Connelly waggles his head and looks at Sunny and me with wonder and pity, as if he can’t quite believe we’ve gotten this far in life being as ignorant as we obviously are.
“No, no, no,” he says. “No. It’s not about any of that. Haven’t you been listening? All this is about—all this has ever been about—is our health.” And then he goes on, as only a 50-plus-year Vieques resident can, to argue that the Navy has trashed that health by contaminating the island.
It all began, Connelly says, in the 1940s. U.S. control of the Caribbean was deemed vital. American troops needed a place to train. And Vieques, as part of America’s Commonwealth of Puerto Rico, afforded the perfect solution, save that the island was then inhabited by an entrenched community of small-boat fishermen and sugar cane plantation workers. The answer? Expropriate the east and west ends. Pay off the largest landholders. Relocate any inconveniently settled families. And get on with the business of practicing war, which is pretty much how things went, Connelly insists, for the next half-century.
As time passed, a few gringos began to wash up and move in, many of them—Connelly slyly suggests—looking to drop out and start over, or to escape legal problems back in the States, or even to invite new problems by turning to the time-honored Caribbean practice of low-key smuggling. At the same time, over the ensuing decades, various groups of Viequenses would now and then gather to protest what is sometimes called the Navy’s “colonial occupation,” the 180 days each year when the bombs would rumble and dogs would bark and the 9,000 or so souls caught in the middle would feel their homes shake. But none of these protests ever gained much momentum or sparked much Stateside fuss until April 19, 1999, when two misaimed bombs, loosed by a jet fighter, killed the 35-year-old security guard, Sanes, at an observation post overlooking the bombing range.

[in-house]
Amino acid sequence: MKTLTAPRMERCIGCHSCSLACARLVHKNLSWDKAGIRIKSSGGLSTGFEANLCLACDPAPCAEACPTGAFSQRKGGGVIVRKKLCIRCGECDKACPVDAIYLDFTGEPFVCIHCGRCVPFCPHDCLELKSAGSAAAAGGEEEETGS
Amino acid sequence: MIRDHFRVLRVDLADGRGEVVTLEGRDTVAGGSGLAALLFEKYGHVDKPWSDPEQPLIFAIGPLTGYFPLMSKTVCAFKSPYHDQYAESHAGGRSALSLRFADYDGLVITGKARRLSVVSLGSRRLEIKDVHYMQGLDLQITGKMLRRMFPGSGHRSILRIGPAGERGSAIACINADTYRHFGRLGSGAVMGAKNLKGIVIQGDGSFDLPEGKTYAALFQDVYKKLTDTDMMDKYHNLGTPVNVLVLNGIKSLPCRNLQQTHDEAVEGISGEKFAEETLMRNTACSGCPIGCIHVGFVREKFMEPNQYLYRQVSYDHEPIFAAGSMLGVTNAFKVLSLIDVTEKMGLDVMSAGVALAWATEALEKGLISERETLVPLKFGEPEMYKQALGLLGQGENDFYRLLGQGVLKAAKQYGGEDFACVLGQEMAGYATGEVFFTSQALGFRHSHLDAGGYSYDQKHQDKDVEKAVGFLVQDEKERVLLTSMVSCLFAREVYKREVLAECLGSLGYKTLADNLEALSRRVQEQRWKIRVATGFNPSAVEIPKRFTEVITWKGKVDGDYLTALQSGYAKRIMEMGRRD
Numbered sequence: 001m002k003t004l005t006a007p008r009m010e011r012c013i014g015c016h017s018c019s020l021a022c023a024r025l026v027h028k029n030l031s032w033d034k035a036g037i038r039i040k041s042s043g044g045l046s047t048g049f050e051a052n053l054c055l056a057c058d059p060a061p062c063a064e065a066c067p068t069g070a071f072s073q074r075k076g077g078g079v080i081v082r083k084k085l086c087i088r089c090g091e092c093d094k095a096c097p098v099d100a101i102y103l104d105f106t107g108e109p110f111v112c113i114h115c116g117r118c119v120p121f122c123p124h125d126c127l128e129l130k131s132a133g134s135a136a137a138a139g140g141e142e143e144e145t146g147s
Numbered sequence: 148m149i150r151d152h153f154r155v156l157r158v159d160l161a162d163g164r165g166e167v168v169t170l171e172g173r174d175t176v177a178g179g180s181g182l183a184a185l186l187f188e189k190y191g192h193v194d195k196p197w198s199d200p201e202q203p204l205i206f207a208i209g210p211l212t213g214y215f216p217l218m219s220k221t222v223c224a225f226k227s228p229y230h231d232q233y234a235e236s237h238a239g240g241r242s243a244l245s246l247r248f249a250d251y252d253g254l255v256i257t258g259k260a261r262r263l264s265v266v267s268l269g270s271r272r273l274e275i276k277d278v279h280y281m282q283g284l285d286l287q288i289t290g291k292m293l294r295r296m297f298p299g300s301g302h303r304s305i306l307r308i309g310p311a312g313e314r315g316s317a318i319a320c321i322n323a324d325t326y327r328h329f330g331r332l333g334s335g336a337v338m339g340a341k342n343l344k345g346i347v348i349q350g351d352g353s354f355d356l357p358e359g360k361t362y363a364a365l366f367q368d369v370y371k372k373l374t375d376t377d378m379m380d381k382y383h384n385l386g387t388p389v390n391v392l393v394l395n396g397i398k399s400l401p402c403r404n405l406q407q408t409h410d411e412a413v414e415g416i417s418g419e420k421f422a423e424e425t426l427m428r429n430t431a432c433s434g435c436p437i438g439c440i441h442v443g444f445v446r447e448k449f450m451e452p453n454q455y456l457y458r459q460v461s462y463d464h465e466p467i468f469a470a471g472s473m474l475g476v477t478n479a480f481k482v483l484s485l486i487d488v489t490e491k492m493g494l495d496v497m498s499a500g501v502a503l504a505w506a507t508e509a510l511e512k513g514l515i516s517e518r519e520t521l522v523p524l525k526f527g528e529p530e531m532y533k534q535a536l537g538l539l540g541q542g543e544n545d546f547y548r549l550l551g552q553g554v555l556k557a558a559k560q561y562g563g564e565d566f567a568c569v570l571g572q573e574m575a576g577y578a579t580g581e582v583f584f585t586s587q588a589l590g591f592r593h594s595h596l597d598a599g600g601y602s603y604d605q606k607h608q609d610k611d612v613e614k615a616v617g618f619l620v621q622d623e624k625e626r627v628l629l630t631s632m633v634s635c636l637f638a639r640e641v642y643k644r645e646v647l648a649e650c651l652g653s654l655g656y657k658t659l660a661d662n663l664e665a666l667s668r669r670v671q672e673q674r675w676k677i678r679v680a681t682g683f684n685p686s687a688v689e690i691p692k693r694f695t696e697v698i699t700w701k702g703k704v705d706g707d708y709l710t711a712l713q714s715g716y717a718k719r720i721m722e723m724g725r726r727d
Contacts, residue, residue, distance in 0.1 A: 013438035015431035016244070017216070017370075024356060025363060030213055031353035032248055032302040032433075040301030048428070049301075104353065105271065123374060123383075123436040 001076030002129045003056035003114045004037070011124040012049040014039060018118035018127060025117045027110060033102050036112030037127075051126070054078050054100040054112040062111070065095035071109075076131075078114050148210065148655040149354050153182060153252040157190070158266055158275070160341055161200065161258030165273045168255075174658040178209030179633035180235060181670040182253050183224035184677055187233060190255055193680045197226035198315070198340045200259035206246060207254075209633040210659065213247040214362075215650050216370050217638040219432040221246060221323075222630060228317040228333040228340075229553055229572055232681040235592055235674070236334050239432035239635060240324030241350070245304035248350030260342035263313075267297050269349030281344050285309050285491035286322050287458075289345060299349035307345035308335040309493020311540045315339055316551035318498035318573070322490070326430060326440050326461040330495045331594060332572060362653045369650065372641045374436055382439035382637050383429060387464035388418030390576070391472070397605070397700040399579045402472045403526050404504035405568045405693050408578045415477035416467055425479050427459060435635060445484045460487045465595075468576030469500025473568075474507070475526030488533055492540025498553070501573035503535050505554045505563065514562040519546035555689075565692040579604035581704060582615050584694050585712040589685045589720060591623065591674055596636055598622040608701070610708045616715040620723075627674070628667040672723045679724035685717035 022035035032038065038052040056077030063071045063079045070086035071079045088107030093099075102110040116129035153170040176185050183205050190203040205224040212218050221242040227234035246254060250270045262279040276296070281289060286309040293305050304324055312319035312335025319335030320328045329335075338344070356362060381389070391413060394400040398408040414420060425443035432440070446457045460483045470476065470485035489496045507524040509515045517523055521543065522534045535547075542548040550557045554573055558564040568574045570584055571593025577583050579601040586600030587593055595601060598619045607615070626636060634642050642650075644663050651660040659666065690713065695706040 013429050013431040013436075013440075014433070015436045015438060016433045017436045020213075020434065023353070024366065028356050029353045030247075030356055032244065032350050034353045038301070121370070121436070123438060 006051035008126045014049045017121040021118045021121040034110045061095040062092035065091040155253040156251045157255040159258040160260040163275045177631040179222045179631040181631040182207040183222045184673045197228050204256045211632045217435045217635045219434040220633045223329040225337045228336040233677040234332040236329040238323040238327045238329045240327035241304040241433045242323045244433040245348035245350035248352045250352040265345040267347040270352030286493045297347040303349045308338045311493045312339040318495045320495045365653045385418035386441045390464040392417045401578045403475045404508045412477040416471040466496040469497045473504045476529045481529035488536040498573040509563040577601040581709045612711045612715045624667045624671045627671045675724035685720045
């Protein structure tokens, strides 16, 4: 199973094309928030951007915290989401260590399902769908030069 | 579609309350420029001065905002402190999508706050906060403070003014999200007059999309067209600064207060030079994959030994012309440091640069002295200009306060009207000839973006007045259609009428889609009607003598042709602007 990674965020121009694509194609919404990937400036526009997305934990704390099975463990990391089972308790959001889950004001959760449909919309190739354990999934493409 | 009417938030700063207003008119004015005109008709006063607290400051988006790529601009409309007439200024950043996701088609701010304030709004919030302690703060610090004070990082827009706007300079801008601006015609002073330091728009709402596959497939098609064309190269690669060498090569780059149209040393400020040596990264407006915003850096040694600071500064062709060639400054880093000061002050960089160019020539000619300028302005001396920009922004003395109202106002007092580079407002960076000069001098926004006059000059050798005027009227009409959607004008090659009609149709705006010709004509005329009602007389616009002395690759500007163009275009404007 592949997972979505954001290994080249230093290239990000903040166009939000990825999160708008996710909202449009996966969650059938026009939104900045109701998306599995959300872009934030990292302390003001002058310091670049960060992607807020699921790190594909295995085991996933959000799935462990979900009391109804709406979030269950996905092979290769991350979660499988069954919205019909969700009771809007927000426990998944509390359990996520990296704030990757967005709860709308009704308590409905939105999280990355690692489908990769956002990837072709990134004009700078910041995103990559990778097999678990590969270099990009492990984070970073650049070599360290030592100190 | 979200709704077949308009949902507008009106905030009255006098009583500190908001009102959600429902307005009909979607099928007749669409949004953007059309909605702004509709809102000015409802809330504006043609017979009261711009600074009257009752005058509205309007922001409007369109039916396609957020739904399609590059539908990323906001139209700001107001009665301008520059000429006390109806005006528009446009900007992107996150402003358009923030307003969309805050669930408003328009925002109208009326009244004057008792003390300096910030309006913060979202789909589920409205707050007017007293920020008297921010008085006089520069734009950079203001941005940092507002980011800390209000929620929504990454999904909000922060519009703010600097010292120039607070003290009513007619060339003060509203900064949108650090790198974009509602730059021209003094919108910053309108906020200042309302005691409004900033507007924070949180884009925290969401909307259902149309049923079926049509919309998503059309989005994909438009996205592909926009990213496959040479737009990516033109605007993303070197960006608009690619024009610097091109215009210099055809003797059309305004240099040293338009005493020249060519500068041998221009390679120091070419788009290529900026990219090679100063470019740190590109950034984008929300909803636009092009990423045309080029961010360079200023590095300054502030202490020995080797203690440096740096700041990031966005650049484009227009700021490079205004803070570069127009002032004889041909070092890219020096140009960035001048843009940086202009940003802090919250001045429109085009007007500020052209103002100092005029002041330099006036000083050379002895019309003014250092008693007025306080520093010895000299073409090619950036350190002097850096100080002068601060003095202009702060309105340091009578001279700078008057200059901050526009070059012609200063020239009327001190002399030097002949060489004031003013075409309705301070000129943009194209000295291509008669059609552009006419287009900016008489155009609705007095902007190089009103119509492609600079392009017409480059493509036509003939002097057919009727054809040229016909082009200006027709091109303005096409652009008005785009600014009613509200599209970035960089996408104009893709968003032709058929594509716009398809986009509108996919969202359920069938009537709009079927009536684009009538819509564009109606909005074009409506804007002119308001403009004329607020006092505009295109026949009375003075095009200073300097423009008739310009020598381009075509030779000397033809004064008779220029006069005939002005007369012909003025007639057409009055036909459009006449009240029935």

Demonstrations followed. Celebrities and politicians—Robert F. Kennedy Jr. and Al Sharpton among them—joined the cause. In February 2000, as many as 150,000 people marched in the streets of San Juan. Hundreds more, including Connelly’s 35-year-old son, Pablo, occupied a dozen human-shield shantytowns—one of them complete with a church and a school—out on the range, atop a landscape littered with bombed tanks, unexploded ordnance and what looked to be more craters per square mile than there are on the surface of the moon. It did not take long for scientists to conduct some studies, unearth some military papers and start to weigh in.
“And do you know what they found?” Connelly rasps, pushing over a stack of supporting documents. “Heavy metals and cancer, man. Heavy metals in the people. Heavy metals in the crabs and fish. Heavy metals all over the damn place.”
And yet, despite the studies and stats, and the chronicles of contamination, the Navy has continued to deny that it has been anything but an excellent environmental steward in Vieques. (See “Did the U.S. Navy Pollute Paradise?” below) “So really,” Connelly goes on, “the health issue is the issue now. Later, sure, we can worry about all these carpetbaggers and scallywags, these vultures and yuppie squares that want to bring in the new casinos and the polo and the golf. But that’s all secondary now, and until we can get the Navy to clean this place up, we’ll just have to keep an eye on Martineau Bay, see how it goes over there, because as far as future developments, that will set the stage.”